Jesus is the Good Shepherd who gave His life for the sheep. To be a good shepherd, I too must be willing to lay my life down for the wandering sheep. Redemption comes through the cross.

The cross is hard . . .especially for a sheep.

Thursday, March 12, 2009

I marvel at God’s love.

I don’t think I could offer one of my children to be tortured and crucified for the persistent, willful, ugly sins of those who had trampled on all the good things I had given and planned for them.

“Yet it was the Lord’s will to crush Him [Jesus] and cause Him to suffer” (Isaiah 53:10). One translation renders the verse, “Yet it pleased the Lord to bruise Him.”

I cannot comprehend God’s pleasure in the crushing of His Son. As a parent, I agonize when I know any of our children or grandchildren are hurting. The pain is exponentially greater when I am aware that my own failures have caused or contributed to their pain. I cannot imagine taking pleasure in the pain of my child.

I am made in God’s image. That is why I have emotions. When I feel my children’s pain, I learn about the pain God must have felt as He observed His Son’s suffering – suffering beyond anything we can imagine. His willingness to endure that pain and allow, even plan, the pain of His Son reveals the extent of His love.

How could God be pleased in His Son’s bruising? I can only guess that His eternal perspective sees so clearly the wonderful and eternal results of Jesus’ suffering that He is able to have pleasure even in His Son’s pain that produces such great results.

I suppose that if my faith in God’s inexorable plan for His children to turn all of their pain into good -- eternal good – then I would be more able to deal with the pain of those I love. I must learn, by faith, to view pain through the lens of the future when God will not merely wipe away all tears, but grant the crown of life to those who endure trials (James 1:12).

Friday, February 20, 2009

"Jesus loves the little children of the world."

As a child and teenager, we used to sing that chorus a lot: "Jesus loves the little children, all the children of the world. Red and yellow black and white, all are precious in His sight..."

Last night Gloria and I saw the movie, Slum Dog Millionaire. Wow! I'm not surprised it's in the running for an Oscar this week. If you read a little about how it was produced before you watch, it will add layers of appreciation to the experience. It's a great story.

Knowing that the slums pictured were the real thing, not a movie "set," moved me deeply. It's so easy as I live in "Disney World" (the USA) to forget the plight of billions of people, especially children, around the world. I wanted to turn in my bucket of popcorn and give the money to someone who would help the children.

I don't want to lose the way I was touched nor the sense of urgency to know how best I should live in this "flat earth" where I have to work hard to not know about global suffering.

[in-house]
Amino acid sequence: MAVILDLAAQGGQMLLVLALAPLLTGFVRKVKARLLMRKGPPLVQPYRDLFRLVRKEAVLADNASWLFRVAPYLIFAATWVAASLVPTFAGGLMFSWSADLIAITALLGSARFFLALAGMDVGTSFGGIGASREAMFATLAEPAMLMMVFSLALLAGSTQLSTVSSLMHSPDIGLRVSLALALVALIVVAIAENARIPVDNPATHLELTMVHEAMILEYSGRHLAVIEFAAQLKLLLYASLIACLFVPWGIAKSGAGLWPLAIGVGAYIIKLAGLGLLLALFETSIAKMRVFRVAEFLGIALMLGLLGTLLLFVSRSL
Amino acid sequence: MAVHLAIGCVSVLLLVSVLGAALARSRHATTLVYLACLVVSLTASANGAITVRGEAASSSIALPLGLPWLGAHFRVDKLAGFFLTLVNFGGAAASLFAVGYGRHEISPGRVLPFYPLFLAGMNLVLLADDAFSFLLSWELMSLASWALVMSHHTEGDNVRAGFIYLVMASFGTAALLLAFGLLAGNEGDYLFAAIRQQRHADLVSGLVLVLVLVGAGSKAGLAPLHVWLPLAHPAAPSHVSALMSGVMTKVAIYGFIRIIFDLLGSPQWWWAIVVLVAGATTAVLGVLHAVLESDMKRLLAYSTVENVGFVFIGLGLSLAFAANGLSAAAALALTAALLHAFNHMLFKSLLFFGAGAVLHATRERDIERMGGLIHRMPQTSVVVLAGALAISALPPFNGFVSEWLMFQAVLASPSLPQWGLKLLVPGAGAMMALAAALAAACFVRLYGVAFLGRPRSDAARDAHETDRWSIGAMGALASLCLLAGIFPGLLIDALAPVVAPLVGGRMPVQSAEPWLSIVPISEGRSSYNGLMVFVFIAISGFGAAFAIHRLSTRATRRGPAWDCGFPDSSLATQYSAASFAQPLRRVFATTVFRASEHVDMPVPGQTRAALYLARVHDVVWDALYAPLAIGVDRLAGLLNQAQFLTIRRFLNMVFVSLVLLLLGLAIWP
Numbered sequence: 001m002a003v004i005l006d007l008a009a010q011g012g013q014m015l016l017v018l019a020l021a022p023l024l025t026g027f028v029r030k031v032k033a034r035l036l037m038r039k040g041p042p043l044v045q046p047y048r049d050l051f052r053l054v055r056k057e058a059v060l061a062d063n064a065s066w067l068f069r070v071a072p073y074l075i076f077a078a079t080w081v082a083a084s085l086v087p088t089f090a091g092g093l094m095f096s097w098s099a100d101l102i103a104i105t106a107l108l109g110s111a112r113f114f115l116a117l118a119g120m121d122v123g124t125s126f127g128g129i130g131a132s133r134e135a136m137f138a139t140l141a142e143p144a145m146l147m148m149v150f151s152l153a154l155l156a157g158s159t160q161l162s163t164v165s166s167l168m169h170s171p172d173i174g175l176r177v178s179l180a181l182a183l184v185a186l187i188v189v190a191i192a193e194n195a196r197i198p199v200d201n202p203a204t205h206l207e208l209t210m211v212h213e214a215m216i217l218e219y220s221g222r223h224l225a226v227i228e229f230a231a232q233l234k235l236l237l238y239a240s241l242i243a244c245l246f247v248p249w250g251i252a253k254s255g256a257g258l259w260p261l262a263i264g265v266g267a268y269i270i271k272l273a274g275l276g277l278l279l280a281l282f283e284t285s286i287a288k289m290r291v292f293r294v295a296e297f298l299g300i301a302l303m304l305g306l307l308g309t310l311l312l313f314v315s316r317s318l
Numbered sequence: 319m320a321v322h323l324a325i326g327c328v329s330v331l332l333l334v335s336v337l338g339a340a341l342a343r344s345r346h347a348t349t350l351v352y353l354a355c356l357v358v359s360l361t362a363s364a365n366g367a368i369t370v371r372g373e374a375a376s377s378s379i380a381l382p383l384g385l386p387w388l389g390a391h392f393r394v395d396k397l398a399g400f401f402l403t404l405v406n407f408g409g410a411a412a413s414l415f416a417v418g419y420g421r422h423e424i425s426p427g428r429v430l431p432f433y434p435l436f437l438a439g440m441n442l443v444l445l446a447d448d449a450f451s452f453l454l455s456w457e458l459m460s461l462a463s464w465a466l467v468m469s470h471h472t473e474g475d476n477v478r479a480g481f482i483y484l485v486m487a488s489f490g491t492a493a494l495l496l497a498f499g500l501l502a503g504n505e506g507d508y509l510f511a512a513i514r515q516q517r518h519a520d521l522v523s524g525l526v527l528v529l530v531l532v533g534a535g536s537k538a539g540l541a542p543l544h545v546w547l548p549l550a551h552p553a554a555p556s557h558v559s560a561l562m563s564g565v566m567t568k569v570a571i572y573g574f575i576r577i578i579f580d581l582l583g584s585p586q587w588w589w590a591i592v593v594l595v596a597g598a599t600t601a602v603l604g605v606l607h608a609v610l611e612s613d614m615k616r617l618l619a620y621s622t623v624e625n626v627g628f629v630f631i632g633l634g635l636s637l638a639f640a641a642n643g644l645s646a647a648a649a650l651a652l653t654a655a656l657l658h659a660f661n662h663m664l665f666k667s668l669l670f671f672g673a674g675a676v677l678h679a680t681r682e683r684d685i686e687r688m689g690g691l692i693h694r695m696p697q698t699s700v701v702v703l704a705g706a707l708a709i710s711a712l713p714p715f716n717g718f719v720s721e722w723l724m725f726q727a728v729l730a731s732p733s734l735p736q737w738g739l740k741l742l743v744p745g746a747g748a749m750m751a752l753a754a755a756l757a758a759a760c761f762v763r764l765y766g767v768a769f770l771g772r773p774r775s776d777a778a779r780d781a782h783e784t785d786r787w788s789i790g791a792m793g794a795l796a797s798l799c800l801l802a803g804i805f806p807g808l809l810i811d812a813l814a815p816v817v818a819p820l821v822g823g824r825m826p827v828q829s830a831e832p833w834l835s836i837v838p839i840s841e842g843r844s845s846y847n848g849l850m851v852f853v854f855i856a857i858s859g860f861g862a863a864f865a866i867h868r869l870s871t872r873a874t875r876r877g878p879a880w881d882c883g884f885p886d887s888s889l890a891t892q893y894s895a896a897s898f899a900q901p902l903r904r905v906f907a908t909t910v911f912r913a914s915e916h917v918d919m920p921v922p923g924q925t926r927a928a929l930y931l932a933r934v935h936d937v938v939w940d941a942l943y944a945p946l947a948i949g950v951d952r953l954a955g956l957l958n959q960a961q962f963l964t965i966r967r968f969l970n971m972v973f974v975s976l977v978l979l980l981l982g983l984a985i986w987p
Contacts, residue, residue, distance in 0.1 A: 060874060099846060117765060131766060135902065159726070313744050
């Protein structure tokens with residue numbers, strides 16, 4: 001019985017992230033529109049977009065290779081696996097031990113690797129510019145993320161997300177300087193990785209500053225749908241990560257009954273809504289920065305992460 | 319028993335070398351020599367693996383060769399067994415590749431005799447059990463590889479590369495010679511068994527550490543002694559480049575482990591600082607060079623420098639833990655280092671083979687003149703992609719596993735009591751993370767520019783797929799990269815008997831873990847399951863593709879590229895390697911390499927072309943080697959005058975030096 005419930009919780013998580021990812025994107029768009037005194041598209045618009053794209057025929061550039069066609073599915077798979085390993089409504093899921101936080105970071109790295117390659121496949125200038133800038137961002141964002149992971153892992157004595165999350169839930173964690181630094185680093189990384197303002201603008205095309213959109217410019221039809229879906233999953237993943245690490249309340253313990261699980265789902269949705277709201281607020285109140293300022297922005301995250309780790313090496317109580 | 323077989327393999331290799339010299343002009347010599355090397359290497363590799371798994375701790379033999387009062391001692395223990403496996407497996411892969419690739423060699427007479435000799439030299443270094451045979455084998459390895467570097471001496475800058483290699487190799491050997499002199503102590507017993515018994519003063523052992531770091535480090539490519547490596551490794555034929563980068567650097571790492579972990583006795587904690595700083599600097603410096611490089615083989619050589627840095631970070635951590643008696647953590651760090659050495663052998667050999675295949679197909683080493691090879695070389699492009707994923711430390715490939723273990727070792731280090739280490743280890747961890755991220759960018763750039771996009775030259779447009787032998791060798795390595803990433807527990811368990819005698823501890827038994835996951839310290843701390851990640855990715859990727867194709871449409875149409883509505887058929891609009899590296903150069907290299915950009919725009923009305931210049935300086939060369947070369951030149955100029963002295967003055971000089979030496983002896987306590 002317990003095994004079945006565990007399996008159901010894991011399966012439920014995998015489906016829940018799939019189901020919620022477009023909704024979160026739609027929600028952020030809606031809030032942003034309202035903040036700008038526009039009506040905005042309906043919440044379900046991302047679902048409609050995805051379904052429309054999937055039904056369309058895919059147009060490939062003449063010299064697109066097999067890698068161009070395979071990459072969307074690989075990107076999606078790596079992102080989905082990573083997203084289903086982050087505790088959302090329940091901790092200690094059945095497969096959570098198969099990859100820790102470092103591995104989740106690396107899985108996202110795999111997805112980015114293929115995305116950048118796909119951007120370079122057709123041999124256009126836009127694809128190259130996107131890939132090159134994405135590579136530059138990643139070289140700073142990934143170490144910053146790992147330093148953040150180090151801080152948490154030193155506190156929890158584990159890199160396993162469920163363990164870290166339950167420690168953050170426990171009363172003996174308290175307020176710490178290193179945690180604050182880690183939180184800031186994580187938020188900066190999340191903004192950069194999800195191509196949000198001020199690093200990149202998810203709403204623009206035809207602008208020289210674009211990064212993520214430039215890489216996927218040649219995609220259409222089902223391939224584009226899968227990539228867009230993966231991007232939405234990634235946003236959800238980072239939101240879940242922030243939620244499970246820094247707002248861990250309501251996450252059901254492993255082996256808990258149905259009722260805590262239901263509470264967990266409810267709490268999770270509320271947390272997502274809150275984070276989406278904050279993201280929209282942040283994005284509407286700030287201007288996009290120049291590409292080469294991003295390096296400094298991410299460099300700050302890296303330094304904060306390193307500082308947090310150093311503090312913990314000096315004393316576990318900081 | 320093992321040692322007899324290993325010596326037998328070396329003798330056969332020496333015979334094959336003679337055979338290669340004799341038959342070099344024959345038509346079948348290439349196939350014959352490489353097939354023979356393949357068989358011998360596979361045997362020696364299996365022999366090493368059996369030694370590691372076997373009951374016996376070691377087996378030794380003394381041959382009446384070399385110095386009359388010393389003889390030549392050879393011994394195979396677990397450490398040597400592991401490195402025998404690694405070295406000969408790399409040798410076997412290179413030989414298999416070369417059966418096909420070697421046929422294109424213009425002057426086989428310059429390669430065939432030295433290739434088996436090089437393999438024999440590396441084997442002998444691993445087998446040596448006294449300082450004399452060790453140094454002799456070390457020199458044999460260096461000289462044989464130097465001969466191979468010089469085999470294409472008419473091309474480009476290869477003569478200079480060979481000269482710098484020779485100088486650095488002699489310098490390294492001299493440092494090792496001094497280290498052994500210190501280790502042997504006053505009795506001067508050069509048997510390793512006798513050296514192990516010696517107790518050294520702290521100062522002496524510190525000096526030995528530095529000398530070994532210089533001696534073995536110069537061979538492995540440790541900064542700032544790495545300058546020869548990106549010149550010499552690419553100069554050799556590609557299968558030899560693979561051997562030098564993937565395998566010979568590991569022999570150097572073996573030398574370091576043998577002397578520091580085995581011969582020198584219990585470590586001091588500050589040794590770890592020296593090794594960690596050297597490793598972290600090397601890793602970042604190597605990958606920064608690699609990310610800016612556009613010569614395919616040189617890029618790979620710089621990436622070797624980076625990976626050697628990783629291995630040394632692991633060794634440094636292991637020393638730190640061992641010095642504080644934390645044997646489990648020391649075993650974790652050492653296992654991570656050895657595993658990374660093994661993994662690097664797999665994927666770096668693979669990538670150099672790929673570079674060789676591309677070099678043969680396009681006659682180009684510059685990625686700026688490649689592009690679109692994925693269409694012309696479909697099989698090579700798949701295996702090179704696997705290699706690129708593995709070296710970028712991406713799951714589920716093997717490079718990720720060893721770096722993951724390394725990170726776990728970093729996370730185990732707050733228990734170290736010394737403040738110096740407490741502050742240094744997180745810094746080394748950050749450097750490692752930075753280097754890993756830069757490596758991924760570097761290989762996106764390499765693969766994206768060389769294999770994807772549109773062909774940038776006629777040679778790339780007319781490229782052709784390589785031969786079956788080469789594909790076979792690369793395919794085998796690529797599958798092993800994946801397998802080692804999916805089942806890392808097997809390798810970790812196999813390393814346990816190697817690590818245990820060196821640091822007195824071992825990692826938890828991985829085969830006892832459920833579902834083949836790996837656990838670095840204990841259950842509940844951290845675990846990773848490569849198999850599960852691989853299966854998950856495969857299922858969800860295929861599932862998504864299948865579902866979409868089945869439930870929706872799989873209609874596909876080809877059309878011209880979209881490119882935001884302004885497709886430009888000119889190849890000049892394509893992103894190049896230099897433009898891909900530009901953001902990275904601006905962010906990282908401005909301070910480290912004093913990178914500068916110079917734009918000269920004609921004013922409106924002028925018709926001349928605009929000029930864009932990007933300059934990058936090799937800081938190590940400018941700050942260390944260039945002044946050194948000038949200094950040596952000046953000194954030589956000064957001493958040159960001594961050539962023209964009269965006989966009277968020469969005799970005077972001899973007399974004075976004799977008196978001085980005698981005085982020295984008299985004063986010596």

I must not be paralyzed by the struggle to balance the need to reach out with Jesus' compassion to allieviate suffering with the even greater need to address peoples' allienation from God.

"Lord, show me how to live in this broken world, and how to be an agent of your Kingdom as we wait for 'the restoration of all things.' Speed the day!"

Thursday, February 19, 2009


David recently blogged about leadership and it so resonated with me that I made a "comment" which I'll post on my blog today (to the amazement of those who thought I must have gone into a nursing home without internet connection).

I so agree. Having been caught up in the "leadership movement" myself and more damaged than helped by it, I concur. The familiar mantra, "Everything rises and falls on leadership," leaves something out -- GOD! "Leadership" is one of many spiritual gifts, never exalted above the others in Scripture. I have seen gifted people ruined by the "leadership" movement, and I almost fired a GEM once because I thought he didn't measure up to the "leadership" koolaide I had been drinking.

God uses leaders and leadership, but great leadership can be a detriment as well as a blessing.

Hitler was a great leader. Not everything that "rises with leadership" is a good thing. A "great church" can be built on leadership, but it might not be a godly church.

Saturday, January 03, 2009


On January 1, 1705, this is the resolution that Matthew Henry wrote in his journal:

“Not renouncing, but repeating and ratifying all my former covenants with God, and lamenting it, that I have not lived up more closely to them; I do in the beginning of this New Year solemnly make a fresh surrender of myself, my whole self, body, soul and spirit, to God the Father, Son and Holy Ghost, my Creator, Redeemer, and Sanctifier, covenanting and promising, not in any strength of my own, for I am very weak, but in the strength of the grace of Jesus Christ, that I will endeavor this year to stand complete in all the will of God.

I know this is the will of God, even my sanctification; Lord grant that this year I may be more holy, and walk more closely than ever in all holy conversation; I earnestly desire to be filled with Thy holy thoughts, to be carried out in holy affections, determined by holy aims and intentions, and governed in all my words and actions by holy principles. O, that a golden thread of holiness may run through the whole web of this year.”